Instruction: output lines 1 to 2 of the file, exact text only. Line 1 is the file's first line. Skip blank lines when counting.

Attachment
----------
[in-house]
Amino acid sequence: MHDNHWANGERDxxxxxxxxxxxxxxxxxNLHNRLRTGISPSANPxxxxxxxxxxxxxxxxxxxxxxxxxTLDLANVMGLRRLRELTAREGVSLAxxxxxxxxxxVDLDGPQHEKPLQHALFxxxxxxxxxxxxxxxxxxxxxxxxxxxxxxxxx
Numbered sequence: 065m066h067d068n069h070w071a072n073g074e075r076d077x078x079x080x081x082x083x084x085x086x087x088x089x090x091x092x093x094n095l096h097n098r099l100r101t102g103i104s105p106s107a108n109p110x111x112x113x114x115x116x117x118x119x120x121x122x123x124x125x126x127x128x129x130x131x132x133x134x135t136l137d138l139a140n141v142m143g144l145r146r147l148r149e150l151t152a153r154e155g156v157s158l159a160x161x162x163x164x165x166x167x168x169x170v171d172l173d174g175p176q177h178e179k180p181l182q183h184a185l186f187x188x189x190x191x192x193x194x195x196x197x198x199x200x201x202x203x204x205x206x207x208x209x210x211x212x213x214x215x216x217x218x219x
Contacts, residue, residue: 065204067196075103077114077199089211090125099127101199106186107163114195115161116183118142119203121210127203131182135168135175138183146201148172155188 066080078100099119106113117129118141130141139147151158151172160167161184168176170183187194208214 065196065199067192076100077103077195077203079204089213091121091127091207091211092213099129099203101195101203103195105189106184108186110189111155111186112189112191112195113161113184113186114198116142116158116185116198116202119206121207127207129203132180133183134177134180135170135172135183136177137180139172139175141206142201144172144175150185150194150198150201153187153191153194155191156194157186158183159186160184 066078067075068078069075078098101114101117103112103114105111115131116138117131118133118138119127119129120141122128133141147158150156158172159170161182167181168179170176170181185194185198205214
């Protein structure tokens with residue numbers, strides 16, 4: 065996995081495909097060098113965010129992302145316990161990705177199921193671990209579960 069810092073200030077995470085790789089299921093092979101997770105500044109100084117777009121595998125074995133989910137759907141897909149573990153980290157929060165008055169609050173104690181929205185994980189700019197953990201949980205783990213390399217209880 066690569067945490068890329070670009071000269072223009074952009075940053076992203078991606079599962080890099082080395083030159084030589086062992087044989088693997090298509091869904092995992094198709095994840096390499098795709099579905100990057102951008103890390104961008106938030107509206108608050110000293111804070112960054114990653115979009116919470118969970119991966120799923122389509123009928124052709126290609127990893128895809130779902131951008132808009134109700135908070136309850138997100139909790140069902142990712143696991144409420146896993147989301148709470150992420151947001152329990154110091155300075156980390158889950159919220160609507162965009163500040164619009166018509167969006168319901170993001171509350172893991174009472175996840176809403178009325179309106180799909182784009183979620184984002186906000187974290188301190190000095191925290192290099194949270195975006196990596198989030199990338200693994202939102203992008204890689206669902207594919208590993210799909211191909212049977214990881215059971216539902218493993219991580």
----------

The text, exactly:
[in-house]
Amino acid sequence: MHDNHWANGERDxxxxxxxxxxxxxxxxxNLHNRLRTGISPSANPxxxxxxxxxxxxxxxxxxxxxxxxxTLDLANVMGLRRLRELTAREGVSLAxxxxxxxxxxVDLDGPQHEKPLQHALFxxxxxxxxxxxxxxxxxxxxxxxxxxxxxxxxx